Syria had a lot of inqilabaat before the Assads, none were called a revolution.
This is only a war against Hezbollah, Hamas and Iran, via a proxy.
No one cares about the fate of Syria or the Syrians. Usually the West does not like the complexity of muslim countries which have been able to preserve their multiple identities and sects (this is supposed to be a prerogative of the west, except that everyone should wear Nike in the end).
So yes, I think you were abused by a bunch of people bored and who spend too much time on their computers and watching al Jazeera. Now that the West is dying for the darahim of the Gulf, no wonder they offer them to take a share in the imperialist dream. You can imagine what could be the result. Just watch the Gulf channels and you’ll get an idea of what their dreams are made of: shopping malls and luxury cars.

September 7th, 2011, 3:46 pm


Mina said:

It was NEVER peaceful. Even when some Daraa people have sent children to vandalize the police station, thinking no one would dare hurt childen (and a few days later, women near Lattakie).
Look for my post in April and early May to see the video posted by people in Maarat al Numaan and announcing coming demos by burning the pictures of B al Asad and you’ll be sure the message has never been peace. Just listen to the interviews posted by Joshua Landis on this website of the activists involved in enticing more protests and you will hear their agenda plain. They were not even subtle.

September 7th, 2011, 3:50 pm


Amir in Tel Aviv said:

Majed #4,

I cannot disagree with you more. Really! I disagree with all of your points, in favor of an armed revolution. But with this point I disagree the most: “…Armless revolution has no leader. Armed one will have a leader. He will galvanize the revolution”.

No! Gaddafi galvanized the Libyan revolution. Nasser did galvanize the Egyptian revolution… and so on. Arabs now need something completely different. Not more of the same galvanizing military oriented kind of leaders..

September 7th, 2011, 3:50 pm


Dale Andersen said:

Memo To: ANN

RE: “…Warning: Syria is much stronger than Libya…”

Not so fast, girl. They said that Egypt was much stronger than Iraq. They were WRONG!!!!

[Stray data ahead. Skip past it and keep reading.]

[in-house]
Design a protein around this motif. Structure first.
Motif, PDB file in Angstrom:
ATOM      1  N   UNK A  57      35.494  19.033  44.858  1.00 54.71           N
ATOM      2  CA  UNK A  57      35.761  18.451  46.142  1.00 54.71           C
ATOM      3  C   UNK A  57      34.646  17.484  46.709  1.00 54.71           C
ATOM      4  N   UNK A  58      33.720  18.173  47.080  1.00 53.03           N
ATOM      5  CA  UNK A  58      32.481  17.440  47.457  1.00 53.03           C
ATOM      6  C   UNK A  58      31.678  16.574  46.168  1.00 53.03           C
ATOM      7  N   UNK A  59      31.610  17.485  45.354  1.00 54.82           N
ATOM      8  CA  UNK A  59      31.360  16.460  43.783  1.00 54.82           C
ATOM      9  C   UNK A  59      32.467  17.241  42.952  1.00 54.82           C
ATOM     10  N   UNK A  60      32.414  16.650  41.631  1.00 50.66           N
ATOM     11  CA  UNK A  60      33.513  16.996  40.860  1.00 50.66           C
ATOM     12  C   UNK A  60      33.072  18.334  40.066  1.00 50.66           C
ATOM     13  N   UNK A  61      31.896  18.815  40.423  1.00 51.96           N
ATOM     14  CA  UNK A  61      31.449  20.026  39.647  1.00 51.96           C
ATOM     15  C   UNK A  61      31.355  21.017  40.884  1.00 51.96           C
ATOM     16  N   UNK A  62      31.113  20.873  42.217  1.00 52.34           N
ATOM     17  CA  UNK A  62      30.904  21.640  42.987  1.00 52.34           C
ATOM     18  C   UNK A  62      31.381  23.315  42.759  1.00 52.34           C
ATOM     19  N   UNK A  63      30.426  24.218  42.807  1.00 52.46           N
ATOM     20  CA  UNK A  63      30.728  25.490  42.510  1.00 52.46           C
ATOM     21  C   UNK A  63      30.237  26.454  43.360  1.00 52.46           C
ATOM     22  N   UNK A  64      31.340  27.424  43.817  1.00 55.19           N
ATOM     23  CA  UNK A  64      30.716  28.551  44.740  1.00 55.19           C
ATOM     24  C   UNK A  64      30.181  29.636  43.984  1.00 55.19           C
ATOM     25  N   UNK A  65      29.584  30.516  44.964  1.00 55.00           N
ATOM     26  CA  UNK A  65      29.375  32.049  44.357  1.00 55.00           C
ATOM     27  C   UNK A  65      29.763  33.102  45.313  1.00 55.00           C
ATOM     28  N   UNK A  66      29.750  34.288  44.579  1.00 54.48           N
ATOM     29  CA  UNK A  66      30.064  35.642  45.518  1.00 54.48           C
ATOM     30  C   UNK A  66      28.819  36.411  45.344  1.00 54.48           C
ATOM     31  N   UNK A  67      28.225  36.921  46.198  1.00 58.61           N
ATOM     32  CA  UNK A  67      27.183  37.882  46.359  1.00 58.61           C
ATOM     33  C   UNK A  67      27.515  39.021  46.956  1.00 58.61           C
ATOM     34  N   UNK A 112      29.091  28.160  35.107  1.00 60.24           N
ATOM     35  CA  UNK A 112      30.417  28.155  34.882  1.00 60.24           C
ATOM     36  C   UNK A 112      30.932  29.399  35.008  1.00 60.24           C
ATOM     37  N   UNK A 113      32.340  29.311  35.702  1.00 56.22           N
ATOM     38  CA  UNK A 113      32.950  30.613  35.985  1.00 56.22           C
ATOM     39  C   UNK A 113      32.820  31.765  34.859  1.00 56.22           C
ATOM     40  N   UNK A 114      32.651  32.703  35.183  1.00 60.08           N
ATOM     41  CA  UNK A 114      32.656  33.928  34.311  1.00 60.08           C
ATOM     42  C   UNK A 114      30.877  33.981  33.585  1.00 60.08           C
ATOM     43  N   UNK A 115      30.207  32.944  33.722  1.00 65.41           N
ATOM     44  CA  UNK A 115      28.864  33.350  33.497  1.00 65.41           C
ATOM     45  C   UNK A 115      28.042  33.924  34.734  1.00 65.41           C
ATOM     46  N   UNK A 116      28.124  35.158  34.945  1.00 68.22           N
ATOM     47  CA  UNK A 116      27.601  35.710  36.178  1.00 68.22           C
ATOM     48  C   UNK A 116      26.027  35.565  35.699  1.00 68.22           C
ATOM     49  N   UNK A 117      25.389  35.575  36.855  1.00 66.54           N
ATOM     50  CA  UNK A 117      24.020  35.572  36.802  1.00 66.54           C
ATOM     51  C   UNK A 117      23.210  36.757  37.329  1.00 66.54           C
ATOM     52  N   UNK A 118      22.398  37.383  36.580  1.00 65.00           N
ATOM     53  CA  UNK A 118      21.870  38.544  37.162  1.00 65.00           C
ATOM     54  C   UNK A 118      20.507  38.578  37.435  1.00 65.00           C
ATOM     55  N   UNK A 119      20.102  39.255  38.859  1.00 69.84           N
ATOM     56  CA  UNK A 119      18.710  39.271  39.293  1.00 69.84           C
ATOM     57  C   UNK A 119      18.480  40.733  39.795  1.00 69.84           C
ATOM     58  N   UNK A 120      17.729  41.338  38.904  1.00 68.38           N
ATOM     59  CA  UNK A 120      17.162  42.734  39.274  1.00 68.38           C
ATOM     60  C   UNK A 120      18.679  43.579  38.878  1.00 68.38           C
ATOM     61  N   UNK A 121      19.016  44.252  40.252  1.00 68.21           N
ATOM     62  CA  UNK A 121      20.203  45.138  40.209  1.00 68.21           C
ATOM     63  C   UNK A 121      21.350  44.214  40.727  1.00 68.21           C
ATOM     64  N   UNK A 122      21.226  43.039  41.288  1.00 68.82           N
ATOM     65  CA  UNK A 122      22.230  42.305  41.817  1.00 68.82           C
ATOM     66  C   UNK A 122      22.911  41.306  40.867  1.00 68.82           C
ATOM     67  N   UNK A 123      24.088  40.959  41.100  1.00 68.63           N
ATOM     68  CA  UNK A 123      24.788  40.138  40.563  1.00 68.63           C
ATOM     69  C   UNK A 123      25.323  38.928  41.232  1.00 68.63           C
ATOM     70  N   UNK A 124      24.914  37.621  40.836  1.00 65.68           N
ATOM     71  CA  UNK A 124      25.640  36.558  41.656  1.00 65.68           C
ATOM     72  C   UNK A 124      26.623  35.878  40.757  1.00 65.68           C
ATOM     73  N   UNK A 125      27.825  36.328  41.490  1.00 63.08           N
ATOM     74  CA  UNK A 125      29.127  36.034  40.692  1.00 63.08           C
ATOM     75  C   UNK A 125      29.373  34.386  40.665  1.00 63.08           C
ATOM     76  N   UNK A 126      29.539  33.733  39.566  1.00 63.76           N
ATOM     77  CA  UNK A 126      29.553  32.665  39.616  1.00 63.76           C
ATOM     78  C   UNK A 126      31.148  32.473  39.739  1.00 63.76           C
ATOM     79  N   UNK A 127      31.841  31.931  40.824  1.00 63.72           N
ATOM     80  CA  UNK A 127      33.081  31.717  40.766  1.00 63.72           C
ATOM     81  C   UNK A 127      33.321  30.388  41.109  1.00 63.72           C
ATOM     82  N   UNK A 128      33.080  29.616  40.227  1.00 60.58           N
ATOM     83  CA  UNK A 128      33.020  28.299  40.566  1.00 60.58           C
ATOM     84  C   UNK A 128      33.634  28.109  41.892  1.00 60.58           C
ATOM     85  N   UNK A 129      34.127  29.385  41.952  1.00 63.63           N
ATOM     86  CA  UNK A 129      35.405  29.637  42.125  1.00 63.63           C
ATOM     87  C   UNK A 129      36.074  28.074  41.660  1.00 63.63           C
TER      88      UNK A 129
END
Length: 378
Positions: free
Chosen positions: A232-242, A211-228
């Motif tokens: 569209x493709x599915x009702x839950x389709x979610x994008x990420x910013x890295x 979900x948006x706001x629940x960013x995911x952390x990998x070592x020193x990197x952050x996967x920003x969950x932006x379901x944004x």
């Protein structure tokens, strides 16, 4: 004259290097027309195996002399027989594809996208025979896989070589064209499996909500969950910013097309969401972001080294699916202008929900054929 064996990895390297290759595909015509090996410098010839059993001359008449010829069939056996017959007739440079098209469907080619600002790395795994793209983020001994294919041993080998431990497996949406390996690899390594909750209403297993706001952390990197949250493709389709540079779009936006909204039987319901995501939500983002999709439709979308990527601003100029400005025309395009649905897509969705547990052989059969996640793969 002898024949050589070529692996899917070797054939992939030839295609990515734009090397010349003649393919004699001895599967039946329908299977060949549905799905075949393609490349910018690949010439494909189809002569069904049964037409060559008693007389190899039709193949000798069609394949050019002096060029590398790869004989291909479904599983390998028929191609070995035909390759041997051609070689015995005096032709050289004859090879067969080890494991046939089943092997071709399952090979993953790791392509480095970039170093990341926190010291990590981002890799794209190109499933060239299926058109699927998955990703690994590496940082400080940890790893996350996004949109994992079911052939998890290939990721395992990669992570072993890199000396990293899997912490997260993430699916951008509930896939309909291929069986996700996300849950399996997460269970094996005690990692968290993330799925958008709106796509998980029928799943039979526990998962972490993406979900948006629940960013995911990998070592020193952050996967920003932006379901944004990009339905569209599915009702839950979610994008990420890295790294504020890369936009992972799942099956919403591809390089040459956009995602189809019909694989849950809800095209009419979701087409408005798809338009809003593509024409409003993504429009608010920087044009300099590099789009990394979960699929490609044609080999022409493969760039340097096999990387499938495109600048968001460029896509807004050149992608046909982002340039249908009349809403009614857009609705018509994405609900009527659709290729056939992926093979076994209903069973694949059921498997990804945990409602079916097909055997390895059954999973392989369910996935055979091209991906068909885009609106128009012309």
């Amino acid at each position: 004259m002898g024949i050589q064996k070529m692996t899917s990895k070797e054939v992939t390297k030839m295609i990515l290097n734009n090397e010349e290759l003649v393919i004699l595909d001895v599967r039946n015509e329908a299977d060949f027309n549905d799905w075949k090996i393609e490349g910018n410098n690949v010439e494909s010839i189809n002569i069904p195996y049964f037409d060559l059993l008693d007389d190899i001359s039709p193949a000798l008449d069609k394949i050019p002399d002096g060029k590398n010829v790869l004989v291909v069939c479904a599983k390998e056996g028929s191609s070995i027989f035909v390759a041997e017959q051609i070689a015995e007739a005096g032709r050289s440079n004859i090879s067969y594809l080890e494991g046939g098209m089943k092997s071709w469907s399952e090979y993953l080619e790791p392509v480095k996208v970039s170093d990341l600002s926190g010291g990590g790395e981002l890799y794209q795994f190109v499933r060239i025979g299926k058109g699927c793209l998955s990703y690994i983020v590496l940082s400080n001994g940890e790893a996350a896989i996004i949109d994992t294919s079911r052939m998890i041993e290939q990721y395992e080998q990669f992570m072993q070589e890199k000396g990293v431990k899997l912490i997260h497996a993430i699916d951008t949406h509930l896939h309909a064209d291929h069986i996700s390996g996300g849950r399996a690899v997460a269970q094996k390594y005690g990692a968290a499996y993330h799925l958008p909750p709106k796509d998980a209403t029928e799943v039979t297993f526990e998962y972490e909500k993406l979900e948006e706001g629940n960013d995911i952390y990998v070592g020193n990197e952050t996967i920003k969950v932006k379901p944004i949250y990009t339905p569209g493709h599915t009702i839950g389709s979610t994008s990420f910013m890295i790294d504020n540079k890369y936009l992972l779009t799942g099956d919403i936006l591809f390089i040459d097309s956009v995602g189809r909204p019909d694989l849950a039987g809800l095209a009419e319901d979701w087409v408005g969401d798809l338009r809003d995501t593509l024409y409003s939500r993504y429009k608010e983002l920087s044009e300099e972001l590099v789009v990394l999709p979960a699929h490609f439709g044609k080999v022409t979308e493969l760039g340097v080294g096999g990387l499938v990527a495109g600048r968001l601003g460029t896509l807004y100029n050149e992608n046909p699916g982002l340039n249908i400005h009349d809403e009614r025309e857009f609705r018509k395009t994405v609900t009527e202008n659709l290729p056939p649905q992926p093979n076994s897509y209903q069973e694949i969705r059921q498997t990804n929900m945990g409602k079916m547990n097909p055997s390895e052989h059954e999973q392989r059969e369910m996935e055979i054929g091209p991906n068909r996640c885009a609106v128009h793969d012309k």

September 7th, 2011, 3:58 pm


Tara said:


In your opinion, How much killing should be allowed to happen before a non-violent revolution changes its course to armed resistance?

September 7th, 2011, 4:10 pm


norman said:

I am impressed,!, you are right we need cool headed caring leaders, not demagogue.

September 7th, 2011, 4:14 pm


Jihad said:

This site appears to be more and more inspired by Muhammad Zuhair As-Sidiq et al., including the lunatic Al-‘Arour! Pity.

September 8th, 2011, 11:02 pm


Ibn Amin said:

I know Rahhal very well. First, this person is not a doctor as he claims! He claims to be a strategic advisor for the Swedish government but he is unemployed!

He claims to represent 80% of people inside but he does not represent even his own village. He was able to collect millions from the donations to build a TV channel and to arm the revolution, while he did not do anything.

In short, he is just a looser using the revolution to get very rich.

September 14th, 2011, 2:45 am


F&B said:

judging by the comments that you see on this blog, it seems that this revolution is losing, and fast. People don’t care anymore. The “menhebak” crowd are losing love, and the opposition is showing it’s real face more and more. It looks like the people in power have the upper hand will keep it.

September 15th, 2011, 6:24 am



[…] [20] Joshua Landis, “Who Is Muhammad Rahhal, the Syrian Revolutionary Who Called for Armed Resistance and Attacked Burhan Ghalioun?” Syria Comment, September 7, 2011, https://www.joshualandis.com/blog/?p=11905. […]

October 27th, 2011, 1:18 pm



[…] [20] Joshua Landis, “Who Is Muhammad Rahhal, the Syrian Revolutionary Who Called for Armed Resistance and Attacked Burhan Ghalioun?” Syria Comment, September 7, 2011, https://www.joshualandis.com/blog/?p=11905. […]

October 29th, 2011, 5:08 pm


Johannes Waardenburg said:

Dear Professor Landis,

Please forgive my late comment, however as a historian, there seems to me to be some confusion as to the date of the publication of the information you refer to.

Why is there a reference to August 7th if the Swedish newspaper notifies the date of publication as September 7th – as indicated also at the top of your paper?

The election of Ghalioun was on August 29th 2011 and the article in As-Sharq al-Awsat on August 28th.

Thanks in advance for your help and the remarkable work you have been doing all these years.

Kind regards, Johannes Waardenburg

April 4th, 2018, 11:21 am